To commemorate #LatinaEqualPay Day, Adareli Ponce, a member of CDM’s Defense Committee, shared her experience and perspective as a migrant woman working in the United States.
Adareli signed her first employment contract in 2003, and worked in packaging for a chocolate factory in the United States for several months during the years that followed.
How would you describe the problem of discrimination faced by women migrant workers?
It’s a subtle discrimination that many don’t even notice. We definitely did not feel like we had the right to complain -- because we were afraid and in a foreign country. It was things we heard around us like: don’t give them this kind of or that kind of work because they will not be able to do it, or they will get hurt. These comments made us realize that they did not believe in our ability to work.
At first, I didn’t know if this only happened in my company, but I began to notice that my female friends were having similar experiences in different places and industries. This kind of mindset doesn’t allow us women to go into new areas or industries; it pushes us to jobs that can have lower pay.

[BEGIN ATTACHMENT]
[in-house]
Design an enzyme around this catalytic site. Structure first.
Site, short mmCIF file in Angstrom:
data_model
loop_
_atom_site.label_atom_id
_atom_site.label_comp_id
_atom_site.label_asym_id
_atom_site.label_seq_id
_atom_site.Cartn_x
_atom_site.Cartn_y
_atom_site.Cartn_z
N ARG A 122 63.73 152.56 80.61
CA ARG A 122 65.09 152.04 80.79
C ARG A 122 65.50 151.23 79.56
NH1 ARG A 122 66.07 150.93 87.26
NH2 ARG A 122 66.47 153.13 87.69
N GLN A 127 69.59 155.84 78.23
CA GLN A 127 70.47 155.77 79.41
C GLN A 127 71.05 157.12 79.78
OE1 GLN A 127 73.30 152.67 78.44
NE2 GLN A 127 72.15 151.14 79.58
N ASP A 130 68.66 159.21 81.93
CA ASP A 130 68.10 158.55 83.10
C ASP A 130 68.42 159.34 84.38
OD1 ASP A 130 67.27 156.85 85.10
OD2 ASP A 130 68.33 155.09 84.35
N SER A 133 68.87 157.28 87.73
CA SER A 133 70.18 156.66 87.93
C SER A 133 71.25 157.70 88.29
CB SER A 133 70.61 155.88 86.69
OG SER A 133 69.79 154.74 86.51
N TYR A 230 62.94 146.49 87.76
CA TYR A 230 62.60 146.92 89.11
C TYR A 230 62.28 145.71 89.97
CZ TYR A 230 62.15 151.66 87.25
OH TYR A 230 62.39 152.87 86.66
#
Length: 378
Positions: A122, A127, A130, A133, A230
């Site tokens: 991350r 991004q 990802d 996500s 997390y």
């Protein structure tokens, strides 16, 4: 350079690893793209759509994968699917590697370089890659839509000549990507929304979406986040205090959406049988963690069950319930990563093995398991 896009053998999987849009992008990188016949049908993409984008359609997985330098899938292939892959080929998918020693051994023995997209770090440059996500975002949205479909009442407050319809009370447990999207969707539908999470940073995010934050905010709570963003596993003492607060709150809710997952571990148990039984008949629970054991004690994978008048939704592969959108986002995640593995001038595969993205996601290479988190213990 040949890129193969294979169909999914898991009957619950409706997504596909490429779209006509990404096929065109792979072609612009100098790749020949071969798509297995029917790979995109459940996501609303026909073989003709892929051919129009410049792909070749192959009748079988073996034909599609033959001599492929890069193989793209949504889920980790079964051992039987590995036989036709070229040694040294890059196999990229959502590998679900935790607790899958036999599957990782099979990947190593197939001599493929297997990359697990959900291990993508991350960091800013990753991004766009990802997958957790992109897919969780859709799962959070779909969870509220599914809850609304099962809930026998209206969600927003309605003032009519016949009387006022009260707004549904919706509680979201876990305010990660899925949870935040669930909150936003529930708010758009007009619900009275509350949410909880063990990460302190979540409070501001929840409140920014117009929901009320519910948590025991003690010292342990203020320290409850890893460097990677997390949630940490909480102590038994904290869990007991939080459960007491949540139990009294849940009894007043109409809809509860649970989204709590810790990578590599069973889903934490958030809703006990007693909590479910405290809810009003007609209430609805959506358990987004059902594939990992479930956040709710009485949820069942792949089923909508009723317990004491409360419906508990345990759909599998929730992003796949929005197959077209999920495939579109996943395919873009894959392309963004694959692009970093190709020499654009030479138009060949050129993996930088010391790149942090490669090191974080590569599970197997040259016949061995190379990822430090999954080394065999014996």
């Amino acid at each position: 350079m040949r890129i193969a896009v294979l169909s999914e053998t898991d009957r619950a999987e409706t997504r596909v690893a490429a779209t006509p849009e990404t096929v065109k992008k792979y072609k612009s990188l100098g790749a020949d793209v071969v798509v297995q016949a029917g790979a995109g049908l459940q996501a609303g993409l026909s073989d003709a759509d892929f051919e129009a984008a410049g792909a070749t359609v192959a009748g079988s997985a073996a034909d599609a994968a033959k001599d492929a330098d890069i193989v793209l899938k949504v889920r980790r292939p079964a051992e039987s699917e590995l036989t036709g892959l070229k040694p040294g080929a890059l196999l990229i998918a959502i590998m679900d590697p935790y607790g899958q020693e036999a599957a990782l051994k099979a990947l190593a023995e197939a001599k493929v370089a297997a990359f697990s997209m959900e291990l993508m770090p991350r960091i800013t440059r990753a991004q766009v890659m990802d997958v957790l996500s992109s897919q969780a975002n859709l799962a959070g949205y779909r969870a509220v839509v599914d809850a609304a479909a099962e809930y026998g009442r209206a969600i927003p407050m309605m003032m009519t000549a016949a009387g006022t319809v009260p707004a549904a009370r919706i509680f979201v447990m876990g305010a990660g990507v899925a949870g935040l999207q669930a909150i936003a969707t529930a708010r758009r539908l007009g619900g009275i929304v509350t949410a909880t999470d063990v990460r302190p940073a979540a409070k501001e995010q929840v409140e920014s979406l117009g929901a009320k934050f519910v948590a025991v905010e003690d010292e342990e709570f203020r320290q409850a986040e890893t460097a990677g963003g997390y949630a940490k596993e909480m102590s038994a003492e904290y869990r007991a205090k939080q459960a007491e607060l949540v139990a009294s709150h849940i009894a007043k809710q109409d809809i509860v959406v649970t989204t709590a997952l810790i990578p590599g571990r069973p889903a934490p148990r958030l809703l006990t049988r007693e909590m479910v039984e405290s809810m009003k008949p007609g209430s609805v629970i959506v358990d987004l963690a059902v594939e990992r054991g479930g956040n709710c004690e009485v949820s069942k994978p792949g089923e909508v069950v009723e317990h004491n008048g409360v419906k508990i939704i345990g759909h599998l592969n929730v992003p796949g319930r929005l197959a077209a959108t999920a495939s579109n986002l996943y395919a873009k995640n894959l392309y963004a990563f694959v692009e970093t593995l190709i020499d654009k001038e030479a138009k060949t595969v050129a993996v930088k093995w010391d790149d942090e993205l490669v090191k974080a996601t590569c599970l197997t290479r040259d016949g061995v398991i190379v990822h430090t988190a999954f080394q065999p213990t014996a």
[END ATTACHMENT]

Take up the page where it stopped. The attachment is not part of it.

We suffer because we can’t say anything about it; we have no choice. It’s like a never-ending story; you’re a woman, and because you’re a woman, you’re only given certain jobs, and if you complain, you won’t get more work.
How has CDM helped you deal with this situation?
The most important thing CDM has given me is information, which becomes the base that propels us. When they explain to us our rights as workers, which I ignored when I started out, they give us a tool than we all can and should have to defend ourselves. CDM’s support made us feel like we’re not alone.
What would you say Latinas who have suffered discrimination?
The United States is full of working Latinas who come from Mexico and other countries, and I think we all go through this in some way or another. For this reason, my advice would be to put effort into what we’re doing and join the fight. This should be a fight in which we support each other to prove that our work is worth a lot, and that we should be respected. Yes, we work out of necessity, but that doesn’t mean we deserve worse treatment. I really do believe that if we unite and have faith, things can change; hope can be a driver of change.
Click here to read more about your rights as a migrant worker.